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Bible Study Tools

    Getting More Out Of The Bible

Many of us want to learn what the Bible has to say about our lives, our purpose, our struggles, and our questions. But we don't know where to begin.

Perhaps we've never been given the information we need to read and understand the Bible. And perhaps we've never stuck with it long enough to learn. The truth is that understanding God's Word can be hard work, especially at the beginning. But with a little background information, some tools, and the help of other people, we can begin to experience God speaking to us through His Word.  Our hope is that the tools provided on this site will help you grow in the knowledge of God's Word.

Background of the Bible

Below are some helpful basic facts:

  • The Bible is not written like a novel. It is not chronological. You cannot read it from front to back and expect the events to unfold in the order in which they occurred.
  • Although the Bible looks like one book, it is actually a collection of 66 different books. These 66 books are arranged like a library. In other words, just as books in a library are grouped by type (history, philosophy, decorating, auto repair, fiction, etc.), so are the books of the Bible.
  • The books of the Bible are divided into two main sections: The Old Testament and the New Testament.

The Old Testament is a record of God's interactions and relationship with his people prior to the time of Christ.

The Old Testament's main points:

  • God existed before creation, and created everything that exists. His creation was perfect and completely good.
  • Sin entered the world and with it came death: Death to our relationship with God, ourselves, and the rest of creation.
  • God began to reveal His plan to heal and restore relationships broken by sin.
  • What is the plan? God promised to send a rescuer (or Savior). Throughout the Old Testament God revealed what the Savior would be like and what he would do.

The New Testament tells us about the life of Christ, the promised Savior.

The New Testament's main points:

  • The Savior came: Jesus Christ.
  • Through his life, death, and resurrection, Jesus made a way for people to be restored to God once and for all. Learn more with ALC's web page Do You Know Jesus?.
  • The rest of the New Testament teaches us how our new life with God through Christ works in the real world.
  • God then gives us glimpses into what is yet to come.

Additional information about the Bible.
  • These 66 books were written over 1500 years by over 40 very different authors; some were kings, fishermen, and herdsmen/farmers. The list also includes a prime minister, a medical doctor, a slave, a tax collector, and a Jewish Rabbi-to name a few.
  • The Bible was written on three continents and in three different languages.
  • In spite of this large time span over which it was written and the huge cultural, economic, and geographical differences of its authors, there is a consistent message. Think about that: Even a small group of similar people struggle to agree on simple decisions. The fact that a group this diverse could agree on the most controversial of all topics is unheard of. There is no other book like it!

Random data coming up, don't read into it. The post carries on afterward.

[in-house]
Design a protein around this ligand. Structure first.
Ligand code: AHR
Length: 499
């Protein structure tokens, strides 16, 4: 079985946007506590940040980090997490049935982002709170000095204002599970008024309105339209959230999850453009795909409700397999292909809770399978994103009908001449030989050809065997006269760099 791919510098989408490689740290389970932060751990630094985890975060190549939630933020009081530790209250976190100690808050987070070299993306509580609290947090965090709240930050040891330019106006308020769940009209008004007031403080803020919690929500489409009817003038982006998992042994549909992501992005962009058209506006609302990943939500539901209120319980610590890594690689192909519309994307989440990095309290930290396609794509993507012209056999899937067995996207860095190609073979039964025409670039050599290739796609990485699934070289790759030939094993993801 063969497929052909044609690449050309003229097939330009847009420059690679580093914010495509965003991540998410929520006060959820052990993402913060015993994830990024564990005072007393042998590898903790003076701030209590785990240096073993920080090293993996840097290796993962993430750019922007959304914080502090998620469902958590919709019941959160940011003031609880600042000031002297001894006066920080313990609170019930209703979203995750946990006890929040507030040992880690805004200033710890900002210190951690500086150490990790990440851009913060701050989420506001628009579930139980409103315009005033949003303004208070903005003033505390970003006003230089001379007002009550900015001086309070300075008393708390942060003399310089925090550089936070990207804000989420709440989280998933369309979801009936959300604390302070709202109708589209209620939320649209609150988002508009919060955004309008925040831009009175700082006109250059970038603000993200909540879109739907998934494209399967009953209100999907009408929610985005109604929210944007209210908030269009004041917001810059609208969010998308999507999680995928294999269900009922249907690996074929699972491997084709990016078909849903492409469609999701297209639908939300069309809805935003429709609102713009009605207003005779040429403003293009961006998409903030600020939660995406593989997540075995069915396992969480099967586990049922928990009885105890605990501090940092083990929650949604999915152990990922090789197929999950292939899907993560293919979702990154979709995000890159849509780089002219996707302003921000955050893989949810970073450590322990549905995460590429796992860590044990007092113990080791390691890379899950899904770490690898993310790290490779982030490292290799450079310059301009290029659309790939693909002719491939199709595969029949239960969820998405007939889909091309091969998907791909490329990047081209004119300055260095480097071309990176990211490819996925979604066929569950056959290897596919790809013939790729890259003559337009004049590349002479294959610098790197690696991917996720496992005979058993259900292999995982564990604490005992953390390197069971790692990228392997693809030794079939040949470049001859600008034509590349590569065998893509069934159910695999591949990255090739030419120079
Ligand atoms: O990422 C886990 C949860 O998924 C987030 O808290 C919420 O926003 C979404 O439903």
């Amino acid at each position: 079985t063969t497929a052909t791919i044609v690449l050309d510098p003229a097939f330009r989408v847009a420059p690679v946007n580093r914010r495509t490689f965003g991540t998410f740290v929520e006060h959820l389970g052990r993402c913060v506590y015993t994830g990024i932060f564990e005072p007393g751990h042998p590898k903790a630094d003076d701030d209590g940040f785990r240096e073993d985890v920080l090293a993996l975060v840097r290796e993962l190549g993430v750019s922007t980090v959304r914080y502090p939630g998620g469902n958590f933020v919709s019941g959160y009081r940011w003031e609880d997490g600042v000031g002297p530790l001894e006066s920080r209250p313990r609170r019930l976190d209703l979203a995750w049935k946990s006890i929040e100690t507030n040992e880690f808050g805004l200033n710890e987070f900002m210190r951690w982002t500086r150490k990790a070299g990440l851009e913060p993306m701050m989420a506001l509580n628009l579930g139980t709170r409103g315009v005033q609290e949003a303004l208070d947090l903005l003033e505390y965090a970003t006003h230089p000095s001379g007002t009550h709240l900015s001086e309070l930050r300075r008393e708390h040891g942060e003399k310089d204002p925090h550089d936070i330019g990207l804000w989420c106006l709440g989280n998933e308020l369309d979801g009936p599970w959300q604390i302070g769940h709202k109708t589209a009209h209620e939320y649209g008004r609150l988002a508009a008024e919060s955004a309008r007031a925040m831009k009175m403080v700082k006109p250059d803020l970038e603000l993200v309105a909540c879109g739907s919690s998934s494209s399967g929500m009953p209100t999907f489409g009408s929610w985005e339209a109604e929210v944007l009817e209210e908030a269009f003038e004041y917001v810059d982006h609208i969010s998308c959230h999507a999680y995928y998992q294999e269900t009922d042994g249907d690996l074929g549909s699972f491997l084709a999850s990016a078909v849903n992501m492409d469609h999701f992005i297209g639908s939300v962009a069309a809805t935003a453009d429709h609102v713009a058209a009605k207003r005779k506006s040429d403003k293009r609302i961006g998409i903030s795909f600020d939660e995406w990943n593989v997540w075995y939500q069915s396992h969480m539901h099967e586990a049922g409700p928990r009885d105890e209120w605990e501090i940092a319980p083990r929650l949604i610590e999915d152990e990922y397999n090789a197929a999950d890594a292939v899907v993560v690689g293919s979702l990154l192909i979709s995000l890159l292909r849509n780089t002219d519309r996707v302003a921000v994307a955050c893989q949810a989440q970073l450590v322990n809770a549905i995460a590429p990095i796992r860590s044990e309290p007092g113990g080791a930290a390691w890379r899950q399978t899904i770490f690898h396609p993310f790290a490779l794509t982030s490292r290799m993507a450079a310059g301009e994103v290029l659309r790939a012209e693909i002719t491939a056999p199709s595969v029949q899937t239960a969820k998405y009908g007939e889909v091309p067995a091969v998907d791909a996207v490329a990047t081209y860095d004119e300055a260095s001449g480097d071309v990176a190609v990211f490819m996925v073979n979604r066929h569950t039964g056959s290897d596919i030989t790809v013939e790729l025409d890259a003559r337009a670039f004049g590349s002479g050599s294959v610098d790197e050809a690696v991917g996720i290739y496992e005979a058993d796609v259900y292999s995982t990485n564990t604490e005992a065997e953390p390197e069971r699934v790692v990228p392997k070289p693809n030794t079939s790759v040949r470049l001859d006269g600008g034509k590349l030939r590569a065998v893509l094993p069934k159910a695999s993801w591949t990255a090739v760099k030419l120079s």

There Are So Many Different Bibles. Which One Should I Read?

The version of the Bible you choose is a matter of personal preference and may be affected by the type of study you intend to do.

If you are new to the Bible...we recommend a Bible in the New Living Translation (NLT) because it is among the easiest to understand. You can choose to buy a plain NLT Bible, or one that contains explanation notes and study helps, such as a Life Application Bible, NLT version.


   How To Begin Reading/Studying The Bible For Yourself

Choose one of the Bible Reading Plans, or begin with the book of Mark. Don't forget to pray and invite God to teach you through what you read.

Here are some ideas for you to make your personal Bible reading more effective:

1. Observe: What does it say?

  • Read the passage through two or three times.
  • Identify the main subject. For clues, watch for repeated words or ideas.

2. Interpret: What does it mean?

  • What is being said about the main subject?
  • Try to identify the author's timeless principle(s).

3. Apply: What do I need to do?

  • Is there an example to follow?
  • Is there a sin to avoid?
  • Is there a promise to claim?
  • Is there a command to obey?
  • Is there a challenge to face?
  • What do I need to do, and when?

As you finish studying:

  • Write down any unanswered questions you have about the passage. Later on, bring these questions to someone you trust in order to understand better.
  • End your study by writing out a prayer to God in response to what you just learned from Him.

Note: you do not need to read large passages at a time-even a few verses a day will do!

Other Resources to help you:


Bible GatewayBible Study Tools

Blue Letter Bible,




Bible Sprout which is a resource whose mission is to educate young Christians with access to the top biblical resources (translations, commentaries, dictionaries) on the web. They have also compiled hundreds of bible questions and answers to help young Christians strengthen their faith to become tomorrow’s leaders for Christ. 

Recommended Reading Resource:
Grasping God's Word by J. Scott Duvall and J. Daniel Hays

Other People

In addition to personal Bible study, make it part of your life to regularly study the Bible with others.

We invite you to get involved in a group if you have not done so already. Stop by the Information Wall to learn how to connect. You may also want to go to Our Small Groups Page to learn more.